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Work dispute forces El Al to cancel participation in Independence Day flyover

Mechanics leave posts, accuse pilots of canceling several commercial flights in recent days; pilots’ union says mechanics playing ‘petty politics’

Tobias (Toby) Siegal is a breaking news editor and contributor to The Times of Israel.

El Al workers seen at Ben Gurion airport in Tel Aviv, on March 1, 2022. (Avshalom Sassoni‎‏/Flash90)
El Al workers seen at Ben Gurion airport in Tel Aviv, on March 1, 2022. (Avshalom Sassoni‎‏/Flash90)

Israel’s national airline El AL canceled its participation in this year’s Independence Day flyover due to a work dispute between the company’s pilots’ labor union and its maintenance workers’ labor union.

The company’s mechanics reportedly left their posts as part of the dispute on Thursday morning, preventing El Al from joining the festive flyover.

“We regret that El Al was unable to attend the flyover for Israel’s 74th Independence Day. This is a severe incident. We are learning the details and will address the issue so it does not repeat itself in the future,” the company said in a statement.

Thursday’s incident came after the cancelations of several commercial flights in recent days, with passengers being notified their flights were canceled due to “operational circumstances.”

The maintenance workers’ labor union has blamed the company’s pilots for the cancelations of 11 flights in recent days. The mechanics’ protest, the union said, was coordinated with other El Al employees and was intended as an act of solidarity with the passengers whose flights have been canceled.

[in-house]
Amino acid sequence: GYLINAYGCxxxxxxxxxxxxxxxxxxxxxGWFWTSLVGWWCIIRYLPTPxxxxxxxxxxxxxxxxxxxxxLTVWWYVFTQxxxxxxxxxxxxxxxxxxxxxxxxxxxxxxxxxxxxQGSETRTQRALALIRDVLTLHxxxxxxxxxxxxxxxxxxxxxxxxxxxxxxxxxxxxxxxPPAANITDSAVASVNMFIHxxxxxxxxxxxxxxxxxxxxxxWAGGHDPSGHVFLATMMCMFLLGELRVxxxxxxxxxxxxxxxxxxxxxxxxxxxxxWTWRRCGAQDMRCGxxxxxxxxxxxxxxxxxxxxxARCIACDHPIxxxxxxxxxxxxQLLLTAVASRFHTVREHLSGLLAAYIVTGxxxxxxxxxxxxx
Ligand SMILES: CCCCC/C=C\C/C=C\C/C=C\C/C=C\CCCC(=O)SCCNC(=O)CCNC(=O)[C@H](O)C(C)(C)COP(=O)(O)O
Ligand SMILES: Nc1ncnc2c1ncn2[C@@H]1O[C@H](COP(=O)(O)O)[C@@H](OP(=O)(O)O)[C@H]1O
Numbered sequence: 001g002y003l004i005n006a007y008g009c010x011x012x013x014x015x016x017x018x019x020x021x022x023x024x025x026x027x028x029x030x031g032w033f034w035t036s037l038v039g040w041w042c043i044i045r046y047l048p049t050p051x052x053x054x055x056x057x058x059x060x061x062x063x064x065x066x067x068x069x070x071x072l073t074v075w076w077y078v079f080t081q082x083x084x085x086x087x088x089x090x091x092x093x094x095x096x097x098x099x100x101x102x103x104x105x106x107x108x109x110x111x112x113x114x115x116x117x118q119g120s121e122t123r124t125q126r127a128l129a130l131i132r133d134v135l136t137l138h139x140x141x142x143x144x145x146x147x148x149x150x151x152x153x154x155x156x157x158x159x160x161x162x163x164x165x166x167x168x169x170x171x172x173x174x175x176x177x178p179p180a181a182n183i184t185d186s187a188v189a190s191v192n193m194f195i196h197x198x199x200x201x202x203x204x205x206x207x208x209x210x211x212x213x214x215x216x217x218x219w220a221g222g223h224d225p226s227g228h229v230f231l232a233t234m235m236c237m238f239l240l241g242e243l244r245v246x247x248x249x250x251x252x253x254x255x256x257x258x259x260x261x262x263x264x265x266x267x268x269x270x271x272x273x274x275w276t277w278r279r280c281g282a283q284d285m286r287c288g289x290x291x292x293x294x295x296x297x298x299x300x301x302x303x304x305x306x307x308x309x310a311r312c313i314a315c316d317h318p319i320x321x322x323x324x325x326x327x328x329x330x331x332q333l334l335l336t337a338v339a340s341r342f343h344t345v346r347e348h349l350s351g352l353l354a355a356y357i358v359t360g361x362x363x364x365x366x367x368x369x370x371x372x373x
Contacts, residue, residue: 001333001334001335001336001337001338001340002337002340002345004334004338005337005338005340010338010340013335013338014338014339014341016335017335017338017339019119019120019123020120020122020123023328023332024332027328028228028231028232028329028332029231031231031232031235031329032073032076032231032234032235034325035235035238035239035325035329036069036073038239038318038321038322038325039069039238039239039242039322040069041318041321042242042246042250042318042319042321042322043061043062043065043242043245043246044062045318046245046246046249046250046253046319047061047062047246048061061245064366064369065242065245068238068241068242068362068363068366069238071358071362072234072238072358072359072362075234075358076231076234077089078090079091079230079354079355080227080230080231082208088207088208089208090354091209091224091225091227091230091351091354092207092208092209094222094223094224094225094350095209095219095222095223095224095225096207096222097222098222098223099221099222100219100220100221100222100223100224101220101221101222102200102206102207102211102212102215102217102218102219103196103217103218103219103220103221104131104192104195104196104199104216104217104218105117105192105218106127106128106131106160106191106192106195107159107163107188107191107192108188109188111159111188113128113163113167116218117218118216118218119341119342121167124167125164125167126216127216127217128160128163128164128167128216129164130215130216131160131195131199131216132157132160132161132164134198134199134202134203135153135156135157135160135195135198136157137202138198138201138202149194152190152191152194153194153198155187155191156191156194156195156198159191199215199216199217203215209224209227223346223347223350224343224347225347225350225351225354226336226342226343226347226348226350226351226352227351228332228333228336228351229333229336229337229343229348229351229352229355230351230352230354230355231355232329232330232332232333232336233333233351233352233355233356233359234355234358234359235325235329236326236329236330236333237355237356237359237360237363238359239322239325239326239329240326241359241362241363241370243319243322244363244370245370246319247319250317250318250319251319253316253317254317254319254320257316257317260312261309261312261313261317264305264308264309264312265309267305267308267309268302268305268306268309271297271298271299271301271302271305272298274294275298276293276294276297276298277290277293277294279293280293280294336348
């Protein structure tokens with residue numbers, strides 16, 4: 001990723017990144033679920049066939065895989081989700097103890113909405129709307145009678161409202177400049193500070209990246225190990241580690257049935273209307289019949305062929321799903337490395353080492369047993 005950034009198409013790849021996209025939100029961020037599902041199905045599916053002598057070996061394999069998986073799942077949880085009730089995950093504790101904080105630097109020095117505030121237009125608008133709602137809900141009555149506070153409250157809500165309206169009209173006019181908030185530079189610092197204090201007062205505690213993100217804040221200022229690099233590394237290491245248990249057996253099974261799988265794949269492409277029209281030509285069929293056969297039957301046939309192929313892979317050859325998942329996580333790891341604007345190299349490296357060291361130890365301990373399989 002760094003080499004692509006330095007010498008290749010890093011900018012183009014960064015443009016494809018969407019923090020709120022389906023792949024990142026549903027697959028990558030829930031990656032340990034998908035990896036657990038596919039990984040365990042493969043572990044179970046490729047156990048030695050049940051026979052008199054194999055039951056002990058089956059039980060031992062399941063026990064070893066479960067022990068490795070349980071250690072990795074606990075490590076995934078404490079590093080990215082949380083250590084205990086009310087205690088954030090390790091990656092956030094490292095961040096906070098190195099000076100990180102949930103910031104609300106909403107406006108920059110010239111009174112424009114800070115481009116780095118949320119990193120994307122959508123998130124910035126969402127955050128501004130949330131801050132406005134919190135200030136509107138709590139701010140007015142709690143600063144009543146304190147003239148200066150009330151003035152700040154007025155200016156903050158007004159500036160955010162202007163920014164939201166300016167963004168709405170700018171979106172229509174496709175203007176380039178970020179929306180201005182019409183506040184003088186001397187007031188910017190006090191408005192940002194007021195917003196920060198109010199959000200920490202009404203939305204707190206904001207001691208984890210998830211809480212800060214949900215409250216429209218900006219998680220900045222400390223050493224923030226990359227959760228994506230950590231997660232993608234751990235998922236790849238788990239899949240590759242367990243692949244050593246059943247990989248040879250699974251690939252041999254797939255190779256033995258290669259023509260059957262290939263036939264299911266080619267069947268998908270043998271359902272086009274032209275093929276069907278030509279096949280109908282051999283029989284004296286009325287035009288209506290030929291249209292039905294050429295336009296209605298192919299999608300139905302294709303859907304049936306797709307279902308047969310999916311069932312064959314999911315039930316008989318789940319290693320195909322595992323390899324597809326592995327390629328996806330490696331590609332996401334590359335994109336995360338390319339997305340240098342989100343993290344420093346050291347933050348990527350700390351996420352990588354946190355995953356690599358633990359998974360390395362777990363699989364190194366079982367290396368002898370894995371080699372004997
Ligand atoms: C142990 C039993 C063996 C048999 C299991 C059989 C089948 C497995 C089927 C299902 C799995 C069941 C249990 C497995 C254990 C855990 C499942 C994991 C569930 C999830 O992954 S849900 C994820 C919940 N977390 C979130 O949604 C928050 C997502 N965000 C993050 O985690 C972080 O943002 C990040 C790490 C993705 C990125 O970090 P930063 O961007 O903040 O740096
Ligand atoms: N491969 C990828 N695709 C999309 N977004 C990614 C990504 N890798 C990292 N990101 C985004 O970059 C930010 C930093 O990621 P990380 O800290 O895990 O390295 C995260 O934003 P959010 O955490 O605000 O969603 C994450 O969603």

“If the pilots can take part in the flyover, they can staff the flights,” the union said.

Israeli air force aerobatic team perform a flyover on Israel’s 74th Independence Day celebrations in Saker Park, Jerusalem, May 05, 2022. (Yonatan Sindel/Flash90)

Another employee told the Ynet news site that “the pilots have no shame. We didn’t have any work for two years [amid the COVID pandemic] and now that we’re finally back, they’re doing whatever they want to. It’s unacceptable that hundreds of El Al passengers are suffering because of their conduct. Flights are not leaving and people are stuck but the festive flyover continues normally? It doesn’t make any sense.”

The pilots’ labor union rejected the claims, saying that the pilots “work in accordance with the law and safety protocols.” The union noted, however, that El Al’s management asked pilots from bereaved families “to pitch in” during the last few days and even miss ceremonies held on Wednesday’s Memorial Day for Israel’s fallen soldiers.

A representative speaking on behalf of the pilots’ union criticized the maintenance workers for only caring about “petty politics.”

“Maintenance workers should focus on maintenance and make sure flights take off safely, and stop dealing with the petty politics of labor unions,” he said, claiming that “the salaries of general employees and maintenance workers were not changed while the salary of pilots was cut by 50%.”

Workers load packages of Israeli humanitarian aid for Ukraine onto El Al aircraft, at Ben Gurion airport in Tel Aviv, on March 1, 2022. (Avshalom Sassoni‎‏/Flash90)

Some passengers were notified about the cancellations of their flights just a few hours before they were scheduled to take off, according to Israel Hayom.

“It’s unbelievable, we were told that our flight was canceled a few hours in advance. We’re stuck in Dubai,” one Israeli passenger told the Hebrew-language newspaper.

Other passengers said they struggled to receive any response from El Al while calling the company’s customer service numbers.

El Al said in a statement that it was “forced to cancel a number of flights due to operational reasons that are beyond our control. With the help of all labor unions and across all sectors, we are making efforts to resume services. El Al teams are working at these very moments in order to find other flights for our customers or adequate alternatives.”

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